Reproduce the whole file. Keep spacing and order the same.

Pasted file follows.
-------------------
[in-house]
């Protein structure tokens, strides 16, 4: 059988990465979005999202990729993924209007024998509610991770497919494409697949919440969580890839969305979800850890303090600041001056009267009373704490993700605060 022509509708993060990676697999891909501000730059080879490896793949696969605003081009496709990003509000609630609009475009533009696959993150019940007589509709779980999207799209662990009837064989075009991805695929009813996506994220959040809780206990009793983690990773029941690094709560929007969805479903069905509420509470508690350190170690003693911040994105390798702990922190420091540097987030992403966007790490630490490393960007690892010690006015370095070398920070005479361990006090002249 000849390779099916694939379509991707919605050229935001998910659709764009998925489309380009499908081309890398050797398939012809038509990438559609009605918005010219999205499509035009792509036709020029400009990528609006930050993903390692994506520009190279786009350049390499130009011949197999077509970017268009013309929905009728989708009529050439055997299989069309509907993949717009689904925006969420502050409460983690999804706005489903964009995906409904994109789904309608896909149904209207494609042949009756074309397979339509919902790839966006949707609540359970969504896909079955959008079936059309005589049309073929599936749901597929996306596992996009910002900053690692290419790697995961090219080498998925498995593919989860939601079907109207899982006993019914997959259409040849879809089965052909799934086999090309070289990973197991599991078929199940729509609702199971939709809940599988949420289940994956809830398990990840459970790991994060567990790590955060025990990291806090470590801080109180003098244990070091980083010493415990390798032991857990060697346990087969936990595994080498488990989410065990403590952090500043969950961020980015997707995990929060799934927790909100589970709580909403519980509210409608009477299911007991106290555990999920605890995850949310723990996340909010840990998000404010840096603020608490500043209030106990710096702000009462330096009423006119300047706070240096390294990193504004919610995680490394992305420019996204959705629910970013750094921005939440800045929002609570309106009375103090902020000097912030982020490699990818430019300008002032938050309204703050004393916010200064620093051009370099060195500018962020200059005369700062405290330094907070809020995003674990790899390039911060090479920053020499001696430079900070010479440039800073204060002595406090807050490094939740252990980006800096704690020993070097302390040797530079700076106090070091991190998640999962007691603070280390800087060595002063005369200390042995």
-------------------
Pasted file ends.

[in-house]
């Protein structure tokens, strides 16, 4: 059988990465979005999202990729993924209007024998509610991770497919494409697949919440969580890839969305979800850890303090600041001056009267009373704490993700605060 022509509708993060990676697999891909501000730059080879490896793949696969605003081009496709990003509000609630609009475009533009696959993150019940007589509709779980999207799209662990009837064989075009991805695929009813996506994220959040809780206990009793983690990773029941690094709560929007969805479903069905509420509470508690350190170690003693911040994105390798702990922190420091540097987030992403966007790490630490490393960007690892010690006015370095070398920070005479361990006090002249 000849390779099916694939379509991707919605050229935001998910659709764009998925489309380009499908081309890398050797398939012809038509990438559609009605918005010219999205499509035009792509036709020029400009990528609006930050993903390692994506520009190279786009350049390499130009011949197999077509970017268009013309929905009728989708009529050439055997299989069309509907993949717009689904925006969420502050409460983690999804706005489903964009995906409904994109789904309608896909149904209207494609042949009756074309397979339509919902790839966006949707609540359970969504896909079955959008079936059309005589049309073929599936749901597929996306596992996009910002900053690692290419790697995961090219080498998925498995593919989860939601079907109207899982006993019914997959259409040849879809089965052909799934086999090309070289990973197991599991078929199940729509609702199971939709809940599988949420289940994956809830398990990840459970790991994060567990790590955060025990990291806090470590801080109180003098244990070091980083010493415990390798032991857990060697346990087969936990595994080498488990989410065990403590952090500043969950961020980015997707995990929060799934927790909100589970709580909403519980509210409608009477299911007991106290555990999920605890995850949310723990996340909010840990998000404010840096603020608490500043209030106990710096702000009462330096009423006119300047706070240096390294990193504004919610995680490394992305420019996204959705629910970013750094921005939440800045929002609570309106009375103090902020000097912030982020490699990818430019300008002032938050309204703050004393916010200064620093051009370099060195500018962020200059005369700062405290330094907070809020995003674990790899390039911060090479920053020499001696430079900070010479440039800073204060002595406090807050490094939740252990980006800096704690020993070097302390040797530079700076106090070091991190998640999962007691603070280390800087060595002063005369200390042995």